The 2020 seed selections are the Jacob’s Cattle Bean (bush) and the Cherokee Trail of Tears Bean (pole).

Silicon Valley Grows! One Seed, One Community aims to strengthen our community by providing a shared experience that teaches people how to grow nutritious food and save seeds.

The project began in 2014, as a collaboration between five libraries and a Master Gardener.  We encourage the community to Save a Row for Diversity. Annually, about 4776 people borrow seeds from, and 238 people return seeds to Seed Libraries in California.*

Save a Row for the Diversity is a program of dedicated gardeners saving a row of each year’s selected seed to generate more seed to donate to their local seed libraries and other community groups. Thus the community will have locally grown seeds to plant the following year.

The 2020 selections are the Jacob’s Cattle Bean and the Cherokee Trail of Tears Bean.

 Silicon Valley Grows, One Seed, One Community is based on “one city, one book” or “community read” programs such as Silicon Valley Reads. Instead of uniting a community in reading a single book, we find common ground by growing the same seed.

Participating libraries and gardens provide the public with free packets of this seed  as well as educational programs that promote growing, using, and saving seeds. Heirloom seeds are selected from the US Ark of Taste, a living catalog of more than 200 delicious and culturally significant foods in danger of extinction.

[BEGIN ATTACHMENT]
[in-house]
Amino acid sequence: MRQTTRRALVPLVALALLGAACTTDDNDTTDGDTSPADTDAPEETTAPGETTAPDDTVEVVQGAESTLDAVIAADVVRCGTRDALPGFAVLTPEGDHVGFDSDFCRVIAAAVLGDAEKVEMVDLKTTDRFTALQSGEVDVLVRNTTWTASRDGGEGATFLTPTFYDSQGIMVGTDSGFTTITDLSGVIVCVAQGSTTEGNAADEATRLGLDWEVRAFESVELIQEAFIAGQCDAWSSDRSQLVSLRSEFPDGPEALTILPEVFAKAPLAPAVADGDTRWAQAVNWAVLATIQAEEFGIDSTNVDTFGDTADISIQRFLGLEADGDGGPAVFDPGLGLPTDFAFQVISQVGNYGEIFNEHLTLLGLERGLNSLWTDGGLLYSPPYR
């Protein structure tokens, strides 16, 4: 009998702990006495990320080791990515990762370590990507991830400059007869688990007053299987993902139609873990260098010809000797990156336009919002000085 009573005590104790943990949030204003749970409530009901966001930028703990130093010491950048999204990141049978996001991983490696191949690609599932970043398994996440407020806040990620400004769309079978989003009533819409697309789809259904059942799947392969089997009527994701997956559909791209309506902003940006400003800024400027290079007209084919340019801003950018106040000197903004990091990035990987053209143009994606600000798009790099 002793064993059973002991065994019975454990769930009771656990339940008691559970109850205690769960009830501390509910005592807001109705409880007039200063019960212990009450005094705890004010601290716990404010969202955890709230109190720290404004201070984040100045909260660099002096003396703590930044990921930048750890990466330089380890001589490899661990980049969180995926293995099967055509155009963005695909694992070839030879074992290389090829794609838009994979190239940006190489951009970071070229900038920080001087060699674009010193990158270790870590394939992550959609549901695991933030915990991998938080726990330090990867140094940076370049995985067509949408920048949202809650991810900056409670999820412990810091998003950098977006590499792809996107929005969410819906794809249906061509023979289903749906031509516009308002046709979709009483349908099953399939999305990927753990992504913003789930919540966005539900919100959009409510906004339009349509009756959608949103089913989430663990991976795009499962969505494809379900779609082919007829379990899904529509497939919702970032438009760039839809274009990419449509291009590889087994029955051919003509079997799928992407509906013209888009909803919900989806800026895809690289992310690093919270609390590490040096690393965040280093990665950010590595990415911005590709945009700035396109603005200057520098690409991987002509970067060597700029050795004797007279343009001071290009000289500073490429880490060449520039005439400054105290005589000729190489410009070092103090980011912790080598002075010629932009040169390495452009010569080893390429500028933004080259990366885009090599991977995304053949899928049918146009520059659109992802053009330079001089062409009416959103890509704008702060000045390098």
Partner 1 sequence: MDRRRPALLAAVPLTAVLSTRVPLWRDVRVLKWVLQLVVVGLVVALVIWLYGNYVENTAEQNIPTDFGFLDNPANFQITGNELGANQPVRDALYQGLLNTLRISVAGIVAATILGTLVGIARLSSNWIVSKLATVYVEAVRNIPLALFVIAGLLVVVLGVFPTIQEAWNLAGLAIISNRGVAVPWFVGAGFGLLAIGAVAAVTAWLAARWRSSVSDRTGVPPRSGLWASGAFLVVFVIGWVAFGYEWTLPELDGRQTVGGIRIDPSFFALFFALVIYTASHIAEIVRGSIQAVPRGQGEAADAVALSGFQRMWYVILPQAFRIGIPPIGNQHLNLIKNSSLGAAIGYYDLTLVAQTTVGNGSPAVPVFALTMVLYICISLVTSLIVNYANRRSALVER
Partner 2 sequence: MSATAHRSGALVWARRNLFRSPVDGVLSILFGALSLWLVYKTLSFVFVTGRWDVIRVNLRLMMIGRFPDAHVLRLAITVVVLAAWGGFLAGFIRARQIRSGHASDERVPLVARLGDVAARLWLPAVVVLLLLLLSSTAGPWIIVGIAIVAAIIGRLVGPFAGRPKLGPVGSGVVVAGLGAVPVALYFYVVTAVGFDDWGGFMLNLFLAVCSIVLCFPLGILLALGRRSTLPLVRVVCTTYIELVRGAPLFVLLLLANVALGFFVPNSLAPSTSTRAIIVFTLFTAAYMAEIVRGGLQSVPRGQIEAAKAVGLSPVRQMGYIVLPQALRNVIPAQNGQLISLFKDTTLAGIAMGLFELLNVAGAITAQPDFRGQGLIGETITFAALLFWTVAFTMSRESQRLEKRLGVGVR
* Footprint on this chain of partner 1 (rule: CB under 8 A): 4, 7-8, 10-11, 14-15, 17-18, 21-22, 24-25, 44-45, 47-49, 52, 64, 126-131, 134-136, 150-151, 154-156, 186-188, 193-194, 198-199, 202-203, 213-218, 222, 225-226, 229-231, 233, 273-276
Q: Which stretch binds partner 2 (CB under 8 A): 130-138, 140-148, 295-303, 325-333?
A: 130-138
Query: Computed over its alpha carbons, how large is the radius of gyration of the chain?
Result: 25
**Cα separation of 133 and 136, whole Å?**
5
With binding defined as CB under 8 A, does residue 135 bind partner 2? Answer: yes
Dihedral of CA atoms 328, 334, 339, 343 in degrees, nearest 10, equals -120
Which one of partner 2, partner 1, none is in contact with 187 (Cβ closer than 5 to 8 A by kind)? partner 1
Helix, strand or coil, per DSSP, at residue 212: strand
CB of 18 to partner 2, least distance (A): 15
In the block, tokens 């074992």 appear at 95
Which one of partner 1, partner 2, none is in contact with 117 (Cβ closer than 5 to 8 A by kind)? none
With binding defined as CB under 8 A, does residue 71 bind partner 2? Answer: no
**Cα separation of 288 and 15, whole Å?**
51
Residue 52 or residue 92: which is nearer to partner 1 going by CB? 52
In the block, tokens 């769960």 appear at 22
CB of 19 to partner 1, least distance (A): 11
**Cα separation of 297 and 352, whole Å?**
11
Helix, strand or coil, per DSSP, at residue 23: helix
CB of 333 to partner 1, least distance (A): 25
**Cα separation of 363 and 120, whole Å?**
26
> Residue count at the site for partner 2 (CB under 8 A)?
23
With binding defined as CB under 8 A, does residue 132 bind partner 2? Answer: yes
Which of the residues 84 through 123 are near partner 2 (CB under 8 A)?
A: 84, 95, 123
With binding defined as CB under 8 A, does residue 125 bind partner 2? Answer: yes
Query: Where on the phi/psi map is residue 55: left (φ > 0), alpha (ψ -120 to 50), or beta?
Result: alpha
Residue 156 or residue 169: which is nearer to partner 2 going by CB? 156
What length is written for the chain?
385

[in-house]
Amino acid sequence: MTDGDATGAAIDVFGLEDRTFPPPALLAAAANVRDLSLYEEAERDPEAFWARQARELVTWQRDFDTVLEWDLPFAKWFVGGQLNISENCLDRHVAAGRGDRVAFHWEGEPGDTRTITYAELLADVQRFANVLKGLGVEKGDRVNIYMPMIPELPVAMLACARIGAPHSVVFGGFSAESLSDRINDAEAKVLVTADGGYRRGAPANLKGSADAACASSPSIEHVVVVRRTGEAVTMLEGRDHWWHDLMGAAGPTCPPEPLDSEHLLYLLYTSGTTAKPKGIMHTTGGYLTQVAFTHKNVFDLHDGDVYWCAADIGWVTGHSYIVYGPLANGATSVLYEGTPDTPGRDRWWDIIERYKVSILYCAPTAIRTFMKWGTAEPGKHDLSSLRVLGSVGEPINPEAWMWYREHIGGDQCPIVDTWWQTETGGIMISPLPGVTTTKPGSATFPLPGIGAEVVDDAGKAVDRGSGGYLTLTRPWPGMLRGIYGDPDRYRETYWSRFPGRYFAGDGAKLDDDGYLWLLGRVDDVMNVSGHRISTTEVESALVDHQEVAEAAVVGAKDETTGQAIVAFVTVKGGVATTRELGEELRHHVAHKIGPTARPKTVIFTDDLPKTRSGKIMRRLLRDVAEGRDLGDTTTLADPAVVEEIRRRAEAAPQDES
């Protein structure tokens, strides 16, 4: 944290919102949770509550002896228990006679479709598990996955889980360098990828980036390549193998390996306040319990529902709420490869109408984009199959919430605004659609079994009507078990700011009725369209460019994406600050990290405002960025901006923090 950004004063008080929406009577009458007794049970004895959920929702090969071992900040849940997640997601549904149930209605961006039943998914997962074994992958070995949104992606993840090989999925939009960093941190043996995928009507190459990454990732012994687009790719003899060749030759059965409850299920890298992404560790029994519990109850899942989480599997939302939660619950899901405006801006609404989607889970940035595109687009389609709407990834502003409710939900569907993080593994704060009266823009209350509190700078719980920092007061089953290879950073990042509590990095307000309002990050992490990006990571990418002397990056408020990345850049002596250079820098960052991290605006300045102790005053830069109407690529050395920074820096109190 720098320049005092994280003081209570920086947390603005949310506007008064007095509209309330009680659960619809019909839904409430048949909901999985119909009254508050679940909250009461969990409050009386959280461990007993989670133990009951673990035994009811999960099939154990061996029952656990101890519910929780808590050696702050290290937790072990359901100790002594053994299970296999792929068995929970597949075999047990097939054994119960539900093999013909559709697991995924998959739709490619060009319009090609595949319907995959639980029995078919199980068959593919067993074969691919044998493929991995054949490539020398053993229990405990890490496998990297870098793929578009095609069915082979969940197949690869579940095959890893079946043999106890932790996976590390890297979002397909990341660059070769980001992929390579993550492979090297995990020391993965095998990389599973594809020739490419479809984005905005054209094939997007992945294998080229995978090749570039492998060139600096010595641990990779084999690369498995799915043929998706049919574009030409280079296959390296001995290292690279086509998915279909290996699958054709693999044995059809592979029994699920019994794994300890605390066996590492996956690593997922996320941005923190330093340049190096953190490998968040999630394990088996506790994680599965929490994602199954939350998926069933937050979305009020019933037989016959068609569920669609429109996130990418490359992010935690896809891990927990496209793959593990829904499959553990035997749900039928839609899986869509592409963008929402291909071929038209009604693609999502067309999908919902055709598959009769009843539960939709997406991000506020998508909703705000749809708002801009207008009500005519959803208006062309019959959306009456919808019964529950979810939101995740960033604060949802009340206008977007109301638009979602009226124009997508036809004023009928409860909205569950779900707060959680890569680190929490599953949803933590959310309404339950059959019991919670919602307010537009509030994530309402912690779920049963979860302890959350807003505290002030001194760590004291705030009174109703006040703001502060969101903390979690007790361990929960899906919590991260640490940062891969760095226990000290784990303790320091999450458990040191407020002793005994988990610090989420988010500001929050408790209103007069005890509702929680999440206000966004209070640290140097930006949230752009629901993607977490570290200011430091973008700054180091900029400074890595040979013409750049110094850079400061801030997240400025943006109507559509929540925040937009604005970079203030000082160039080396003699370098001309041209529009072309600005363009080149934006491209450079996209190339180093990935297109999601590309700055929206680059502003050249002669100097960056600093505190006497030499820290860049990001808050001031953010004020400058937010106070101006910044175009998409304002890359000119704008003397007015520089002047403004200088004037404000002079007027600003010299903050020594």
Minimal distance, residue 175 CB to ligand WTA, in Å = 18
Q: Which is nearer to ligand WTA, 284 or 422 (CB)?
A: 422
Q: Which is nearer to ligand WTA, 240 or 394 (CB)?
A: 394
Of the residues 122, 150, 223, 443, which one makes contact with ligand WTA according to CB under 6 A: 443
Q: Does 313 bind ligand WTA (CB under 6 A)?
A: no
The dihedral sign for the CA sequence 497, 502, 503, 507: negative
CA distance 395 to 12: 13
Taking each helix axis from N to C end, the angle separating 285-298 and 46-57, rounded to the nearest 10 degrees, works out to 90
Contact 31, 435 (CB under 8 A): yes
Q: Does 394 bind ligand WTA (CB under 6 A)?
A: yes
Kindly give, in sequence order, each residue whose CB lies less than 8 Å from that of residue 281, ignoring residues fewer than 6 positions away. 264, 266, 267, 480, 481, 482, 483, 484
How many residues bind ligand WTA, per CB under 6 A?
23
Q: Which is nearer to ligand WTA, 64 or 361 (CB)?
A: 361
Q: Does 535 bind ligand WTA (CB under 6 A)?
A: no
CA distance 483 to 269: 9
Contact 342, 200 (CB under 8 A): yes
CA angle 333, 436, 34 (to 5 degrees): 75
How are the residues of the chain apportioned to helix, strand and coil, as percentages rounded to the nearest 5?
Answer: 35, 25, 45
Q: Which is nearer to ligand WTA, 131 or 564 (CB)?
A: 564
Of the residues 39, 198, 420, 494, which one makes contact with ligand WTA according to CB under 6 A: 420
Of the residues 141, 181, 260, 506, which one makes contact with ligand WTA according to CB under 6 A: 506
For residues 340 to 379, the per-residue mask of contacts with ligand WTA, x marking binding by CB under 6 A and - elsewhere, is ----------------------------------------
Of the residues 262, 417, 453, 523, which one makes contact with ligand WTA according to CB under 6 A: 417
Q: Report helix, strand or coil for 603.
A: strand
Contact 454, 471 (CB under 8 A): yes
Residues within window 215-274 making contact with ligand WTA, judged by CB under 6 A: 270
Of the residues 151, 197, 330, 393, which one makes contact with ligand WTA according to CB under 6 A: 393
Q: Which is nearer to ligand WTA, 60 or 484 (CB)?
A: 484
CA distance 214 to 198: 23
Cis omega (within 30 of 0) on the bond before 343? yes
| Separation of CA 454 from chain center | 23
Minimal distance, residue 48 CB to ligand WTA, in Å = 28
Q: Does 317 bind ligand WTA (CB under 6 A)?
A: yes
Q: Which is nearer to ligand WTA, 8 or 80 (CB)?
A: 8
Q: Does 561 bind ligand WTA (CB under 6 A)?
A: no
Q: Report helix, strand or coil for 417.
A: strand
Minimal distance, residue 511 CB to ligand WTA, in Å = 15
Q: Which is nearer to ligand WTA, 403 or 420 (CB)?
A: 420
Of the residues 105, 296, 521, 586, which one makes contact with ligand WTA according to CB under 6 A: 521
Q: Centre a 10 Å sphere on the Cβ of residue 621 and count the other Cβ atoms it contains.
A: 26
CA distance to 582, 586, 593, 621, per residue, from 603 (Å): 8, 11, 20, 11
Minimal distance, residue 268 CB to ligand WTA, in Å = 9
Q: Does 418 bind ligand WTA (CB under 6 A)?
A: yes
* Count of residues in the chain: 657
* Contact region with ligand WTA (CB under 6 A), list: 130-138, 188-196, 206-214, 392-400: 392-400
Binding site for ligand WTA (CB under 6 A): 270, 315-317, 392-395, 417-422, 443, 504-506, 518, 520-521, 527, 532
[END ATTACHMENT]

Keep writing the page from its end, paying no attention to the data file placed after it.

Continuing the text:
As a result of One Seed, One Community, our community unites in cultivating the same plant and creates a pool of locally adapted saved seeds.

By choosing seeds from the US Ark of Taste, we help keep these endangered foods in production and on our plates.

We solve a seed saving problem: Often times urban and suburban gardens are too small to grow the numbers of plants necessary to preserve genetic diversity in a plant variety. Growing as a community allows this burden to be shared across a number of gardens.

While the Silicon Valley is well known for its fast-paced focus on technology, our region was once a community of farms and orchards. Silicon Valley Grows helps our community to re-balance, providing a much needed opportunity to interact with the living, growing world.

The project targets both new and seasoned gardeners, providing an important opportunity for the two to interact and learn from each other.

*Civic seeds: new institutions for seed systems and communities—a 2016 survey of California seed libraries by Daniela Soleri